It's a day I will remember for a very long time. Richard III's cortege made its way slowly around Leicestershire before finally arriving in Leicester. There, crowds were gathering...it's estimated that 35,000 people were in the city itself.
The sun shone, there was such a happy atmosphere as people watched the progress of the procession on big outdoor television screens and on a corner of Jubilee Square, Morris dancers stamped their feet, clicked their sticks to music which would have sounded so familiar to King Richard III.
Outside Leicester Cathedral, the crowds waited patiently, many clutching white roses for Richard
While Mabon the police dog did a last minute sweep of the Cathedral Gardens
It was time for me to put on my lanyard and walk into the cathedral for the service of Compline with the rest of the invited guests.
This is no ordinary bible. It a Latin Vulgate bible printed in 1481 during Richard III's lifetime. At the time of Richard's reign though, no Bible had been printed in England,- this one was printed by Johannes Amerbach in Basle, Switzerland.
It is beautiful ....
It was then time to sit and wait for the service to begin, to admire the Cathedral ,which I see so often, all dressed up, to watch the lights flicker on the polished brass and wood, to chat to my neighbours sitting next to me, and to have a look at what form the service would take.
Suddenly there a hush, all we could hear was the whirring of a helicopter overhead, and the sound of horses hooves outside the cathedral
We all stood as the Tower Bell began to ring. The coffin was led into Cathedral by servers and clergy including the Very Reverend David Monteith, the Dean of Leicester, His Eminence Cardinal Vincent Nichols , Archbishop of Westminster and the Right Reverend Tim Stephens, Bishop of Leicester.
I was positioned near to the entrance so the King's coffin passed within touching distance. It was a surreal moment, being aware of being so close to the mortal remains of a King slain on the battlefield five hundred and thirty years ago and to be surrounded by the strong scent of incense.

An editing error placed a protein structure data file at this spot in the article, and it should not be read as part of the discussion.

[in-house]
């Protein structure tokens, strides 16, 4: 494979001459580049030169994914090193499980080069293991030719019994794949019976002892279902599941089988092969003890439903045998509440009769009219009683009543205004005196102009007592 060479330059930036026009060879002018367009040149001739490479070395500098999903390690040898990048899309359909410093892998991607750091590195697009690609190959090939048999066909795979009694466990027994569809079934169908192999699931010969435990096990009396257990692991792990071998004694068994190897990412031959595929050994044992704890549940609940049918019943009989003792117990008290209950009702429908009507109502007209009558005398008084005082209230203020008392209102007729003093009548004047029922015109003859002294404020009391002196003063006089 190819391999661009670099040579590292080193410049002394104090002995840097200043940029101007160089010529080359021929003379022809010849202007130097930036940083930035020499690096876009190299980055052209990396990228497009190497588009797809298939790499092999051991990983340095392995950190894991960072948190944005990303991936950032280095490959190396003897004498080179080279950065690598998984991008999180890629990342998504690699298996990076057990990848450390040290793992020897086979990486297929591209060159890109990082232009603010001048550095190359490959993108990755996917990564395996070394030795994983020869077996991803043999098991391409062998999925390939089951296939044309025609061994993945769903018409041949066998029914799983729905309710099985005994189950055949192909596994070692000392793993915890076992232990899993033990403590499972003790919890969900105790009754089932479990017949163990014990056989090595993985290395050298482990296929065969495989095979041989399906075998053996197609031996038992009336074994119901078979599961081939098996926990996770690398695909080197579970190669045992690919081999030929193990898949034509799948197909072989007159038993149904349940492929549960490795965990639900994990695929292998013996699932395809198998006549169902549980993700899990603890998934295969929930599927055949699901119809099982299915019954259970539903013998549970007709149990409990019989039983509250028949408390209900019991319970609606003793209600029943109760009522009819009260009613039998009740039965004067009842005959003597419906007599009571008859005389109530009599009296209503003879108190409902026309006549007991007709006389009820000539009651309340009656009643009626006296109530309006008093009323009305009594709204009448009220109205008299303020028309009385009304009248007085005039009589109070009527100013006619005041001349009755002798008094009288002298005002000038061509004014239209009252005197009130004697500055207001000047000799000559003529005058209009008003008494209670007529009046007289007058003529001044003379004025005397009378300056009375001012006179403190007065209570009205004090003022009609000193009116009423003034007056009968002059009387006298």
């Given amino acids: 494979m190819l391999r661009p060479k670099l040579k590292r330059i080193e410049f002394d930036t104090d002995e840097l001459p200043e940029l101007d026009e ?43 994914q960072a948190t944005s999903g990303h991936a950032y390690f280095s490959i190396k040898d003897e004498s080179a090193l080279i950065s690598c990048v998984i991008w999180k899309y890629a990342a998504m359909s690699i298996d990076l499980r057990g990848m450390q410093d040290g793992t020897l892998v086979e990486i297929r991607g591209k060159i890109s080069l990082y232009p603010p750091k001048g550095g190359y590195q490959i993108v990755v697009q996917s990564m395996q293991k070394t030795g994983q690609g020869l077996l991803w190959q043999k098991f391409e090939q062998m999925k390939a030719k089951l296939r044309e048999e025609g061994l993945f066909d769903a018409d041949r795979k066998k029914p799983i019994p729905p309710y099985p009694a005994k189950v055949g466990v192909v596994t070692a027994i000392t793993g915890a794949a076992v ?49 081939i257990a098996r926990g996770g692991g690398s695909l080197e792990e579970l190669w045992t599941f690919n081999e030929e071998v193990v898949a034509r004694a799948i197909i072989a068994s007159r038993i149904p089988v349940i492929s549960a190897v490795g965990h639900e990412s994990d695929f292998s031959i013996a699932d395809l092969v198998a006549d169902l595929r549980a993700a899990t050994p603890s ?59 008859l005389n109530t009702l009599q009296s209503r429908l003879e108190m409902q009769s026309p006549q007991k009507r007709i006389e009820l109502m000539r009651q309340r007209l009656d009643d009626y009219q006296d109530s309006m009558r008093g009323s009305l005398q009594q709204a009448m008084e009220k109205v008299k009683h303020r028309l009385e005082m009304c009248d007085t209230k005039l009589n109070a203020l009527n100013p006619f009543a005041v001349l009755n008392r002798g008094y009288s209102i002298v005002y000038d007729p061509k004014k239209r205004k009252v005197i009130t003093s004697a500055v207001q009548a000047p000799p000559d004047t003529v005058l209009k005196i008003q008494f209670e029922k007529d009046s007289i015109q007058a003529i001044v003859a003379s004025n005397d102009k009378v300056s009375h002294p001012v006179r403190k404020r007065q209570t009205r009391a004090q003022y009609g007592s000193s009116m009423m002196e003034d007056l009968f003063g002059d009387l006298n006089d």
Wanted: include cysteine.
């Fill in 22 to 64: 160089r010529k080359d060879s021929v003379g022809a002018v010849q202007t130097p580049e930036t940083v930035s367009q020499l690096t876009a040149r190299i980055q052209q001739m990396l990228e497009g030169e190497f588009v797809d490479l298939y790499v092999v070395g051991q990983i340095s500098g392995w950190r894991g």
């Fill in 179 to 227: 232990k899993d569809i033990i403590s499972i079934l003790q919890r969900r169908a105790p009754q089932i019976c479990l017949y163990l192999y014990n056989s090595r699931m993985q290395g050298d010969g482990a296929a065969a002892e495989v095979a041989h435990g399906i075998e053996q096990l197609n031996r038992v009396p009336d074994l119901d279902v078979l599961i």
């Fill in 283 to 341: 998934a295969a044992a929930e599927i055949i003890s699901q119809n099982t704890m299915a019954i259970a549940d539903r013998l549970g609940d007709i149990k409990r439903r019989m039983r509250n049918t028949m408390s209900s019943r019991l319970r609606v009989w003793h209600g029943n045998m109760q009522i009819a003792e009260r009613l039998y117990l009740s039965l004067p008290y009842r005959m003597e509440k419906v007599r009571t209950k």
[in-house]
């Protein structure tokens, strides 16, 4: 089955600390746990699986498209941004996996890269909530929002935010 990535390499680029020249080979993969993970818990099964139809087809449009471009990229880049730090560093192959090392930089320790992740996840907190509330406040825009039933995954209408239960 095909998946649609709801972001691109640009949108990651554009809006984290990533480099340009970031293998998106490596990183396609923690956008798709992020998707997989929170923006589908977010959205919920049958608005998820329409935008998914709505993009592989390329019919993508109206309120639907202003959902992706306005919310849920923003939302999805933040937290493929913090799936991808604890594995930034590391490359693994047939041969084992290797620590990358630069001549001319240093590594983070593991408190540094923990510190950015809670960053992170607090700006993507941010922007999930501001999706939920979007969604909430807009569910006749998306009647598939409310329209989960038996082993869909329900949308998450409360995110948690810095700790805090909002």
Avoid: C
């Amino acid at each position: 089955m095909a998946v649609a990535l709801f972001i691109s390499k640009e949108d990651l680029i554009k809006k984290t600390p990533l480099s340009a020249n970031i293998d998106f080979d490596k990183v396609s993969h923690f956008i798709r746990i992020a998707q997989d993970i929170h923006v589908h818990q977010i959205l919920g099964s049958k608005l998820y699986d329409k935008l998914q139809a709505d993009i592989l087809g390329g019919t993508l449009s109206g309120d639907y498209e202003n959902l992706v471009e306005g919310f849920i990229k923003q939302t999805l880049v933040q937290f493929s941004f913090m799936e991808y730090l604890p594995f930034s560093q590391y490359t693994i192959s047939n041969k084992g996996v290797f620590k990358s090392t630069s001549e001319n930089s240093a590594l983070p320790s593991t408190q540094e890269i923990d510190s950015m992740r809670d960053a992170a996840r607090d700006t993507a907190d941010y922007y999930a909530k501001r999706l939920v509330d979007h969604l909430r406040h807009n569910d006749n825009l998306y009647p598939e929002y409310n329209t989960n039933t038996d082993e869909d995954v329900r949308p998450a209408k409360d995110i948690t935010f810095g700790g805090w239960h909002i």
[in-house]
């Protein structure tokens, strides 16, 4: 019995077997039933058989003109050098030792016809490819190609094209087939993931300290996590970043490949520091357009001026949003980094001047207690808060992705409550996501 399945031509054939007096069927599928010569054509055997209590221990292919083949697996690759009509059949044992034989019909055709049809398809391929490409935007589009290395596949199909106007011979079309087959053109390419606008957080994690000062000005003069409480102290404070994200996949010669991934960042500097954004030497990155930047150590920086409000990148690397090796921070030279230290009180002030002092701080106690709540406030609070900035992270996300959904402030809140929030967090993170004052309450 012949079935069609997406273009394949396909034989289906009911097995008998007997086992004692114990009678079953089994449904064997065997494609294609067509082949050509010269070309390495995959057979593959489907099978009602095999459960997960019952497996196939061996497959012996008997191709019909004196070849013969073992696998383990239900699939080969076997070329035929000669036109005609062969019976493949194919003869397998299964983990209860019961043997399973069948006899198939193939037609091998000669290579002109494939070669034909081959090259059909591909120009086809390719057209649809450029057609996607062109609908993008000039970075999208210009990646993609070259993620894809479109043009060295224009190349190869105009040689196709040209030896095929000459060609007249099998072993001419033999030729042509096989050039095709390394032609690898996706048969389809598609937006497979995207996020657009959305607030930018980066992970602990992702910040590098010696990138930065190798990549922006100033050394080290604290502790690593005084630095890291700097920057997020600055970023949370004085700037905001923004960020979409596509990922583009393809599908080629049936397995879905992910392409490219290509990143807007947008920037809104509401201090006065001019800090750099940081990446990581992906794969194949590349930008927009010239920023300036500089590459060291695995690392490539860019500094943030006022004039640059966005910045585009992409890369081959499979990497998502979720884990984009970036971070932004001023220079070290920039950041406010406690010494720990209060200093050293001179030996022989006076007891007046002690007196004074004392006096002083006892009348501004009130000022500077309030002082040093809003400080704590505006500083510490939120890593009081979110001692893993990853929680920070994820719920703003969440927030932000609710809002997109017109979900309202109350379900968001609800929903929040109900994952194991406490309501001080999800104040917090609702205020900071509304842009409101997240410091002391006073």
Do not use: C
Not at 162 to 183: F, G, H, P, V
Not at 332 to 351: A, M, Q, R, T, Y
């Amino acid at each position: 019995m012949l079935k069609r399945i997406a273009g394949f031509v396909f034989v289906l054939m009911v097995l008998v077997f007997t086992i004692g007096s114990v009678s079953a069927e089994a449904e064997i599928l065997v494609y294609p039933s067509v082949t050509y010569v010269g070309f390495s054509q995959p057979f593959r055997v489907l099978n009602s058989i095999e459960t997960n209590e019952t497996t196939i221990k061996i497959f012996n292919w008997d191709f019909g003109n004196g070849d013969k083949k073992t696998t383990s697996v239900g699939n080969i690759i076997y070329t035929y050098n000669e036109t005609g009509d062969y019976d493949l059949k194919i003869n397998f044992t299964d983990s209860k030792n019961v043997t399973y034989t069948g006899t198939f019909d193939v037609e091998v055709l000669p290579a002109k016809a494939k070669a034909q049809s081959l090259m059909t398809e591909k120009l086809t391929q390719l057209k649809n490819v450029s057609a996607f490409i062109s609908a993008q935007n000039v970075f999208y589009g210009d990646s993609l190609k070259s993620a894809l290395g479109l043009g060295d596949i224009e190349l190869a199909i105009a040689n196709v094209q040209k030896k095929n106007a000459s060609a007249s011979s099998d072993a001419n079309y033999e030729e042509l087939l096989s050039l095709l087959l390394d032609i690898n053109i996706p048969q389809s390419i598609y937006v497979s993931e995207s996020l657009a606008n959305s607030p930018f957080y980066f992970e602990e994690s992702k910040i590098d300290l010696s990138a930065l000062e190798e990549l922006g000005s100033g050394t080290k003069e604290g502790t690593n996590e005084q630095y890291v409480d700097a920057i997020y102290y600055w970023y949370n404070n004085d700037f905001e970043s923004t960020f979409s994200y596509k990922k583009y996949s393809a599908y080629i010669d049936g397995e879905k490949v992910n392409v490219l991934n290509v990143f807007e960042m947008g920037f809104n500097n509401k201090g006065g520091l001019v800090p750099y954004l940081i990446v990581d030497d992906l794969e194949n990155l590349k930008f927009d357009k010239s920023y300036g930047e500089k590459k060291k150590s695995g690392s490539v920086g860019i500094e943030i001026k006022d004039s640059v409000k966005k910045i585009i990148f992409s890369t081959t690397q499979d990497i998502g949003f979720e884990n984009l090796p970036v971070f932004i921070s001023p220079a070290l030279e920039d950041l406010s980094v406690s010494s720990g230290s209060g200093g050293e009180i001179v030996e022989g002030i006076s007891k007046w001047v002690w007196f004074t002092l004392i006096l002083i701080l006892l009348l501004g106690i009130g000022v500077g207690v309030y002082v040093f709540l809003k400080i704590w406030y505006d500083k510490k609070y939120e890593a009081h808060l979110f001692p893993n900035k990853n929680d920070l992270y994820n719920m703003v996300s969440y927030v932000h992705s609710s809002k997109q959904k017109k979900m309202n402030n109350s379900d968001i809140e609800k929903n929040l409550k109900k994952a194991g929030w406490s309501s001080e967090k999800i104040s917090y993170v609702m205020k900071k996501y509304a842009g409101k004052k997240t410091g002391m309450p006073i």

The service itself was memorable ,with the soothing ritual of Compline and the cathedral being packed with everyone from royalty and descendants of peers of the realm who fought at the Battle of Bosworth to members of the public from all over the world .
There was genuine emotion and a sense of a unique occasion, and above all there was the mediaeval and renaissance music from the organist Simon Headley, the Leicester Cathedral Choir and the Leicester Cathedral Chamber Choir. It was spellbinding as their voices rose to the rafters of the cathedral, especially during The Motet.
The hairs on the back of my neck tingled as I listened to this haunting, moving work which was composed for the memorial service of John F.Kennedy using the words of Prudentius who lived in the fifth century.
At the end of the service, I had to hurry back to the real world, to work. To interview people at the service, to interview the remarkable Pete Hobson who had been in charge of the whole Richard III project. He couldn't stop smiling. "Are those smiles of joy or relief that everything went so well?" I asked. "Both!" he replied with another huge grin.
Then it was back to the BBC studios, a hop, skip and a jump away from the Cathedral, to go on air describing what I'd seen and to edit some interviews to be used later that night and the following day.
And on leaving work, my friend Victoria Hicks, who is a television journalist for BBC East Midlands Today, and I walked back into the Cathedral Gardens just to stand for a while and reflect on the day, and to have a photo with Richard III's statue....
And for a final look at the Cathedral in the quiet of the night.
What a day. What a wonderful day.